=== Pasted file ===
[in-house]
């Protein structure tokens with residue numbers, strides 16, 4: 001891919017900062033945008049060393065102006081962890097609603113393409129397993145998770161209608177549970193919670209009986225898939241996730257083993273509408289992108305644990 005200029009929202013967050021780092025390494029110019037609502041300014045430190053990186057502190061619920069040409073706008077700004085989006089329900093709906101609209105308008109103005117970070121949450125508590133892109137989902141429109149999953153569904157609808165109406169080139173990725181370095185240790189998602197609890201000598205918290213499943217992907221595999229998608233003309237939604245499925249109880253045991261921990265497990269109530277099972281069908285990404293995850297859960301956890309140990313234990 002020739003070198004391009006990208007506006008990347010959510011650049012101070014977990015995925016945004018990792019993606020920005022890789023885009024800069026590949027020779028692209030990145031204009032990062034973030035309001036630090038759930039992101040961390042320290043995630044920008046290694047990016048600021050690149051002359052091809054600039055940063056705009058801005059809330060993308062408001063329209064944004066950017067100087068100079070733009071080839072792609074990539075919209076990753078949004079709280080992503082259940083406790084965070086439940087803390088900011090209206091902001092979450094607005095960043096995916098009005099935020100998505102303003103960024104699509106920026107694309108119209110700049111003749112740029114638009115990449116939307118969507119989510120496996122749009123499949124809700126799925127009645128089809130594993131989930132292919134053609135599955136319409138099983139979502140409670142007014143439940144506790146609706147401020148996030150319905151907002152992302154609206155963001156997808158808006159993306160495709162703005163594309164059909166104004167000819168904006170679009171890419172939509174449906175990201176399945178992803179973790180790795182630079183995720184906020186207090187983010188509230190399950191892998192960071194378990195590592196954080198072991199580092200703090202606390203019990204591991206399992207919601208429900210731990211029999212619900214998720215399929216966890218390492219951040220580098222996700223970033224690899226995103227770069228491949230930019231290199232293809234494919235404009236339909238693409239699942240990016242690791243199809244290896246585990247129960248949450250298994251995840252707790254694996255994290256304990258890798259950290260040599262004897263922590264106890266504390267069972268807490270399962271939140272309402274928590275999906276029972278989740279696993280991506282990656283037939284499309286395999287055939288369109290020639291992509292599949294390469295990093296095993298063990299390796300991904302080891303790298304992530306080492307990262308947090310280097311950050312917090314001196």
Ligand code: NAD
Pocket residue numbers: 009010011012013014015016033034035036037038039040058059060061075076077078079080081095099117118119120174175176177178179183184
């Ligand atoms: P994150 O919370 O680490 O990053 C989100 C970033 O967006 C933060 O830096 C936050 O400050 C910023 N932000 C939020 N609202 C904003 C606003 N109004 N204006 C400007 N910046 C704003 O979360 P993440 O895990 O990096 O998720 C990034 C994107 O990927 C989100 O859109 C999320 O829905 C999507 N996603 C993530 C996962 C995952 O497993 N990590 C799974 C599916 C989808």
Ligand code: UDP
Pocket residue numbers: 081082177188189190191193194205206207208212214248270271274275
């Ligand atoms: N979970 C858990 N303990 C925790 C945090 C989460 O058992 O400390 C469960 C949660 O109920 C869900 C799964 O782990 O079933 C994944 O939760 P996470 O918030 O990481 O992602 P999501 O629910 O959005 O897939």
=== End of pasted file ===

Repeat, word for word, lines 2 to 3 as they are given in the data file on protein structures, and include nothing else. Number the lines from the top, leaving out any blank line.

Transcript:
């Protein structure tokens with residue numbers, strides 16, 4: 001891919017900062033945008049060393065102006081962890097609603113393409129397993145998770161209608177549970193919670209009986225898939241996730257083993273509408289992108305644990 005200029009929202013967050021780092025390494029110019037609502041300014045430190053990186057502190061619920069040409073706008077700004085989006089329900093709906101609209105308008109103005117970070121949450125508590133892109137989902141429109149999953153569904157609808165109406169080139173990725181370095185240790189998602197609890201000598205918290213499943217992907221595999229998608233003309237939604245499925249109880253045991261921990265497990269109530277099972281069908285990404293995850297859960301956890309140990313234990 002020739003070198004391009006990208007506006008990347010959510011650049012101070014977990015995925016945004018990792019993606020920005022890789023885009024800069026590949027020779028692209030990145031204009032990062034973030035309001036630090038759930039992101040961390042320290043995630044920008046290694047990016048600021050690149051002359052091809054600039055940063056705009058801005059809330060993308062408001063329209064944004066950017067100087068100079070733009071080839072792609074990539075919209076990753078949004079709280080992503082259940083406790084965070086439940087803390088900011090209206091902001092979450094607005095960043096995916098009005099935020100998505102303003103960024104699509106920026107694309108119209110700049111003749112740029114638009115990449116939307118969507119989510120496996122749009123499949124809700126799925127009645128089809130594993131989930132292919134053609135599955136319409138099983139979502140409670142007014143439940144506790146609706147401020148996030150319905151907002152992302154609206155963001156997808158808006159993306160495709162703005163594309164059909166104004167000819168904006170679009171890419172939509174449906175990201176399945178992803179973790180790795182630079183995720184906020186207090187983010188509230190399950191892998192960071194378990195590592196954080198072991199580092200703090202606390203019990204591991206399992207919601208429900210731990211029999212619900214998720215399929216966890218390492219951040220580098222996700223970033224690899226995103227770069228491949230930019231290199232293809234494919235404009236339909238693409239699942240990016242690791243199809244290896246585990247129960248949450250298994251995840252707790254694996255994290256304990258890798259950290260040599262004897263922590264106890266504390267069972268807490270399962271939140272309402274928590275999906276029972278989740279696993280991506282990656283037939284499309286395999287055939288369109290020639291992509292599949294390469295990093296095993298063990299390796300991904302080891303790298304992530306080492307990262308947090310280097311950050312917090314001196």
Ligand code: NAD